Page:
This injection is practically painless because one practices, before, a small intravenous sedation. During the surgery, you will not feel any pain. Either you will be conscious, or you will sleep if a general anesthesia is practiced in addition (it is often the case to improve the comfort during the intervention). You will not see anything of the intervention because the place operated will be masked by a fabric called operating field.

    General anesthesia
    General anesthesia is a condition comparable to artificial sleep. The anesthetist injects an anesthetic product by infusion into a vein or asks you to inhale anesthetic gas.

  • Basic rules

    Whatever the type of anesthesia, you must remain fasting for at least 4 to 6 hours before the procedure (this will be repeated during your consultation) and do not drink, smoke or chew gum.

    Before the procedure, the day before and the morning of the procedure you will have to wash (total shower and shampoo) with antiseptic soap (Iodine: Betadine® or non-iodine: Ibiscrub®), rub and cut the nails, to wash your teeth.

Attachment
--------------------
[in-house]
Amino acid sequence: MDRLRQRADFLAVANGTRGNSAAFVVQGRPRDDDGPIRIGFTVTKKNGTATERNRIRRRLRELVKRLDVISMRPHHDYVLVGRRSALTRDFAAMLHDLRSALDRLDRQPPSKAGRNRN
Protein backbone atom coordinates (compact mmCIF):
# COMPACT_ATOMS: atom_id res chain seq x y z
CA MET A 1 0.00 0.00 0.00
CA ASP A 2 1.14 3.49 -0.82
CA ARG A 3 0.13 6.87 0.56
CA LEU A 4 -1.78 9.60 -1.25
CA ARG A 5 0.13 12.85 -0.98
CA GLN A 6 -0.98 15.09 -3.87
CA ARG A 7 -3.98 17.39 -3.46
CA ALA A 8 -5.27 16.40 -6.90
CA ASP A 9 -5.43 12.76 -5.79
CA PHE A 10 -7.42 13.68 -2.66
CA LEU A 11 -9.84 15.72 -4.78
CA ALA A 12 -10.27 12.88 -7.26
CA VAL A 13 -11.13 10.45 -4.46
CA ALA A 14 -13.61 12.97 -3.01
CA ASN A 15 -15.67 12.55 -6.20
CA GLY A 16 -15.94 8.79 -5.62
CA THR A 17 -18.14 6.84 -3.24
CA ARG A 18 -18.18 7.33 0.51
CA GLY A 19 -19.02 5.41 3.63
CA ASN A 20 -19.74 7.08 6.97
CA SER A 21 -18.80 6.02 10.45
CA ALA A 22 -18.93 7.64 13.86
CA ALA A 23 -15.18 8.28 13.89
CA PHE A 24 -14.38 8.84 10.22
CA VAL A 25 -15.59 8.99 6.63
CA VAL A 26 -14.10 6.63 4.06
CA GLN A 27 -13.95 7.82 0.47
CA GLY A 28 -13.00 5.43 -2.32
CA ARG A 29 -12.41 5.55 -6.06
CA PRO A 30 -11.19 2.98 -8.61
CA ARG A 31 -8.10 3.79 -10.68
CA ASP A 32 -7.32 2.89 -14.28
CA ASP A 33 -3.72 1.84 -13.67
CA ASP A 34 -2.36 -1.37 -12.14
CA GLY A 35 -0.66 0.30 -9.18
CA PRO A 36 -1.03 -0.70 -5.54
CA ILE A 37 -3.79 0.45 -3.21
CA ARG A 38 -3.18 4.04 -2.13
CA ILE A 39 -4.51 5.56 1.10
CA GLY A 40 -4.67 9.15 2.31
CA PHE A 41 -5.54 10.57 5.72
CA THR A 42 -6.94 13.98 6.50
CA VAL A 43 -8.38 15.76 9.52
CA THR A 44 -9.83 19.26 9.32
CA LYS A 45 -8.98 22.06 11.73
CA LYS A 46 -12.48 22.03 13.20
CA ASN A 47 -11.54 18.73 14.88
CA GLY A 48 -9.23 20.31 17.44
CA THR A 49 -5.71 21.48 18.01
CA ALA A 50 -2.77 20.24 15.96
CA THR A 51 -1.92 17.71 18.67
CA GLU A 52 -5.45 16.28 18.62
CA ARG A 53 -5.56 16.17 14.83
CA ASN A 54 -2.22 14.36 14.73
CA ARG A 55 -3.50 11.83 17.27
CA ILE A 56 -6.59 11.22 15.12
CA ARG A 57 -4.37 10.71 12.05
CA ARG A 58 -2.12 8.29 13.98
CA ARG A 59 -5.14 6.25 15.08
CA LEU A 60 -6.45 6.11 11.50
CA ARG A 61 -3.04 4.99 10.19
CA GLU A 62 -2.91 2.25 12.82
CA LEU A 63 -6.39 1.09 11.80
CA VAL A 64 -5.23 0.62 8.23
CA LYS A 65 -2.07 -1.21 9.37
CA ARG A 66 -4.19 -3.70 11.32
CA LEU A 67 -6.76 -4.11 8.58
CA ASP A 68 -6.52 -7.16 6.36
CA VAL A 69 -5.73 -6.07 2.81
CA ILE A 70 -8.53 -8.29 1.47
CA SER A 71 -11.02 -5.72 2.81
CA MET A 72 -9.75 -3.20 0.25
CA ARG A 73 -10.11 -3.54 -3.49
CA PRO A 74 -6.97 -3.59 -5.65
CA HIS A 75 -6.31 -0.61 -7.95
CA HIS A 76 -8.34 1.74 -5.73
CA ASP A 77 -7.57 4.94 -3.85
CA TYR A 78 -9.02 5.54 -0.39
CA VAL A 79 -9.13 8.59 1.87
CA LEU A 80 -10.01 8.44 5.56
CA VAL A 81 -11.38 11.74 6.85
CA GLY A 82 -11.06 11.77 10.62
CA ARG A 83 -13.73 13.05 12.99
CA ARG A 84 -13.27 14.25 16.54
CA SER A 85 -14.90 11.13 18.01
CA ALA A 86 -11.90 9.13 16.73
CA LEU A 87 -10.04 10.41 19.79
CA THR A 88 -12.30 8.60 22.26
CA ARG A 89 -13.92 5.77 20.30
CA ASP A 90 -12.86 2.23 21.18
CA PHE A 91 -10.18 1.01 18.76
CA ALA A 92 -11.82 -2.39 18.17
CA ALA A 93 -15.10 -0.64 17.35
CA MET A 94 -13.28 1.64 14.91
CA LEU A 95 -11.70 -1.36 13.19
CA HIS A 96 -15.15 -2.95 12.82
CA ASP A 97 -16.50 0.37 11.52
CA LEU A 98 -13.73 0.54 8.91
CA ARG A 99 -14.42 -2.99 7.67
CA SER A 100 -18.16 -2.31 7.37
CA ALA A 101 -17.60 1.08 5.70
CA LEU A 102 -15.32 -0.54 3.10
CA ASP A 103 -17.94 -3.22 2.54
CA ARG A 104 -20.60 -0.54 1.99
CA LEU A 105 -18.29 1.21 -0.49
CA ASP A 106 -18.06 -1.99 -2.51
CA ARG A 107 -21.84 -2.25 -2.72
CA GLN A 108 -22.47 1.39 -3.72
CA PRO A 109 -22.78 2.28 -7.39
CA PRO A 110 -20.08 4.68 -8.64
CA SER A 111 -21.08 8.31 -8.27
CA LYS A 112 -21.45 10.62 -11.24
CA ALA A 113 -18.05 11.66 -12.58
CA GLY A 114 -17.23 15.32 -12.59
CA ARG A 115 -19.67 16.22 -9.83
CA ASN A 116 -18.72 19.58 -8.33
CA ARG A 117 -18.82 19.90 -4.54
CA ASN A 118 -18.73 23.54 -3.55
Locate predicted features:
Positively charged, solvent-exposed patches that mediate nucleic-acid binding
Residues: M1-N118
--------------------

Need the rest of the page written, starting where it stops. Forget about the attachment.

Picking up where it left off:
You must remove your jewelry, wedding rings, piercings, dentures and contact lenses. Nail polish and makeup must be removed.

    Some medicines should not be continued before the procedure. Your anesthesiologist (and him alone) will validate with you those you can continue. The nurse will give you detailed explanations. Do not hesitate to ask him questions.

    Smoking multiplies by 3 postoperative complications (poor healing, increased length of stay, respiratory complications). Weaning should be started at least 8 weeks before surgery even if there is still a benefit to quit smoking between 3 weeks and 48 hours before the procedure. A stop within a time close to the intervention can indeed reduce the risk but do not cancel it. Nicotine replacement (most commonly patch and candy) should be the rule for all hospitalized smokers. Associated if necessary with respiratory physiotherapy and aerosols to help bronchial evacuation in those who cough and become congested …

  • The risks